Hooked On Golf Blog
thumbnail

Advise for chipping on tight lies

Written by: Tony Korologos | Date: Thursday, November 5th, 2009
Categories: Golf InstructionHackersInstruction

The weather is changing here.  The grass on the courses has slowed or stopped growing.  When the courses aren’t covered in winter snow here in Utah and the grass is dormant, the lies in the fairways or anywhere there’s short grass, can be very tight.

Chipping with higher lofted wedges

I usually like to chip with my 56 degree wedge, put the ball back in my stance, close the face and hit a descending blow to get it running.  If I need the ball to run less or carry more, I’ll use my lob wedge (60).  But the tighter the lies and the rustier I get (from playing less due to the weather), the tougher these shots become to execute.

Chipping with mid-irons

Yesterday on the 6th hole (with my opponents pressing me I might add) I had one of these very tight lies. I had a tough tight lie and no green to work with.  I was about 10-15 feet short of the green on this par-3, and there was a front pin.  Having never even practiced this shot I grabbed my 8-iron and decided I’d just put a putting stroke on it.  I figured the amount of loft on the club would get the ball in the air just enough to carry the ball over enough of the short grass, yet roll the ball like a putt when it got to the green.  I assumed my putting stance and grip, choking down on the club to about where my normal putting grip would be on my putter.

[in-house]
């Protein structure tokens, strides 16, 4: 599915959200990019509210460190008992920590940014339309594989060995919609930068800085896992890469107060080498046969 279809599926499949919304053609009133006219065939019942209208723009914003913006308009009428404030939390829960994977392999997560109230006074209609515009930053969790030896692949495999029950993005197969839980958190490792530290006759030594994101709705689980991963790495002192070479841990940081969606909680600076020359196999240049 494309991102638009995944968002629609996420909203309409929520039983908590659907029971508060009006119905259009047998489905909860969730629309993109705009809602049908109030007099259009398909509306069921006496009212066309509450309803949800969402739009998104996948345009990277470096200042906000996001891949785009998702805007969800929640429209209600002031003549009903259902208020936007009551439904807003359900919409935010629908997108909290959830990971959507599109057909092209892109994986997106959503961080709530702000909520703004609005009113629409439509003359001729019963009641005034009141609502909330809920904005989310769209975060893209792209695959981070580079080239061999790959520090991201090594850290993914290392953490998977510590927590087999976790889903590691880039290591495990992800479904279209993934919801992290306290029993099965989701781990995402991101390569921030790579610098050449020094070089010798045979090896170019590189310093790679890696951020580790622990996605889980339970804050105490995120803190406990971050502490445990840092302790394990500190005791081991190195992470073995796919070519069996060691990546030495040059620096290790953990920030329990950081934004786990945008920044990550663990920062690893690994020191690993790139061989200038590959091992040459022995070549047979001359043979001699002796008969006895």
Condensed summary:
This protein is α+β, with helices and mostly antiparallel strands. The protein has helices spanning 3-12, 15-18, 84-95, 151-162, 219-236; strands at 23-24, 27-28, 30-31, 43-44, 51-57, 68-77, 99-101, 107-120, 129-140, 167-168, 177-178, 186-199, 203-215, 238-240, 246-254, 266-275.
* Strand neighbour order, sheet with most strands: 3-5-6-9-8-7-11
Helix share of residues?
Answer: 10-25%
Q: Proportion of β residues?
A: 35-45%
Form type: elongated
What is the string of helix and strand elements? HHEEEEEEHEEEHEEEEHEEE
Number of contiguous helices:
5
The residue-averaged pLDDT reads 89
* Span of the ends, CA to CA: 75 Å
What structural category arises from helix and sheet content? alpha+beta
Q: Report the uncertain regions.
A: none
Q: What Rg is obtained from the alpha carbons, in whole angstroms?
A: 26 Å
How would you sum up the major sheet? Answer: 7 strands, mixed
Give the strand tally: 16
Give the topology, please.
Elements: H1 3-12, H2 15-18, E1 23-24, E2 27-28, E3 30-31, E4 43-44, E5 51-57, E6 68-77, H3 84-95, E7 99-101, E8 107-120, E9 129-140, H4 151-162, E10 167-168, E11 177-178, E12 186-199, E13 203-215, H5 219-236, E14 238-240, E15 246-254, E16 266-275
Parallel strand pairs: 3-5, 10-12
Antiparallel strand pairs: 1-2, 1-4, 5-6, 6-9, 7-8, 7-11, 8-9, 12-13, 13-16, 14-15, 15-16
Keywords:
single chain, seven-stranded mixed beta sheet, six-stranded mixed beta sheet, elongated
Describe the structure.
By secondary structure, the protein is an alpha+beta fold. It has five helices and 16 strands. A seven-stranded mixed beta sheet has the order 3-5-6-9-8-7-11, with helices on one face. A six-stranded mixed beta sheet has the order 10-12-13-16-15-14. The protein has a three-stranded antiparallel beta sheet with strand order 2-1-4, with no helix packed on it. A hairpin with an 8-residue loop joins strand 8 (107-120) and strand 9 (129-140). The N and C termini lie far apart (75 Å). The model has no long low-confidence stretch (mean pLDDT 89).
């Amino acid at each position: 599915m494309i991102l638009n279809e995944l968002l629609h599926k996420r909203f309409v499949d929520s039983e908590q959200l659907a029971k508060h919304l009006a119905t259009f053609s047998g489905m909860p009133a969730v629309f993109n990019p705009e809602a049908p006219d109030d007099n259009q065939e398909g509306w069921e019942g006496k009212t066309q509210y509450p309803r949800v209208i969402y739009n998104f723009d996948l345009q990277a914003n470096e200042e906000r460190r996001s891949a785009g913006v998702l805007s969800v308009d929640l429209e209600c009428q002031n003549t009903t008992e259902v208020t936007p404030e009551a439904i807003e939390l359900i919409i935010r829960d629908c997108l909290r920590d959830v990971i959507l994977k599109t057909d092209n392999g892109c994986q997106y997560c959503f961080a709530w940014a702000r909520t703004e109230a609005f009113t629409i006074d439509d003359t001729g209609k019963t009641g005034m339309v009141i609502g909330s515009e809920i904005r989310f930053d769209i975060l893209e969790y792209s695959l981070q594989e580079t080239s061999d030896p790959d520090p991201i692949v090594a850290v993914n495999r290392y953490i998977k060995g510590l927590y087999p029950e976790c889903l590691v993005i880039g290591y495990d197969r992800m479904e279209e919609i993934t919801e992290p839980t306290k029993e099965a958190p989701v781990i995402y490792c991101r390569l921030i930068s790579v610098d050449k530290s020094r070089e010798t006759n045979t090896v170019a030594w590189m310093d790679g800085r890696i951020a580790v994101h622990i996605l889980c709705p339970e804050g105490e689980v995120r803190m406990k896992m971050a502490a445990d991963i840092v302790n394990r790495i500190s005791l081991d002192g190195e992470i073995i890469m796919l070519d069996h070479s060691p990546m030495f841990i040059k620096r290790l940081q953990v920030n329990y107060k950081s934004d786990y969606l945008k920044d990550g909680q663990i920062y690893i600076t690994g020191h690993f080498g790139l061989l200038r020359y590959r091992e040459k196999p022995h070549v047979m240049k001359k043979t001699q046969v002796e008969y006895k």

My opponents watched in horror and amazement as the low shot bounced twice in the short grass, landed on the fringe and rolled just like a perfect putt straight to the hole.  My pal Arnie dropped his putter on the ground and threw his hands up in the air as my 8-iron chip dropped center cut in the hole for birdie.

I turned to them and said “I guess I’ll be using that shot more.”

Later in the round on #11 I had a similar scenario.  Once again I was just short of the green with a front pin.  I hit the same shot with my 8-iron.  I didn’t drain this one for birdie, but did leave myself an easy 1-footer to save par.

Conclusion

If the ground is smooth enough and you can roll the ball a bit around the greens, it may be easier to put a more pendulum-like stroke on a mid-iron rather than trying to make perfect contact with a higher lofted club.  If you’re like me and sometimes have trouble chipping, try hitting some running shots with a lower lofted club and a putting stroke.  It is very hard, almost impossible, to blade or hit this shot fat.

  • Login | Register
  • HOG InterviewGary Player

    Golf Legend Gary Player


  • Social Networks

    HOG Twitter



    Tony Korologos Twitter



    Google Plus


    Facebook

  • Partner Sites

  • Archives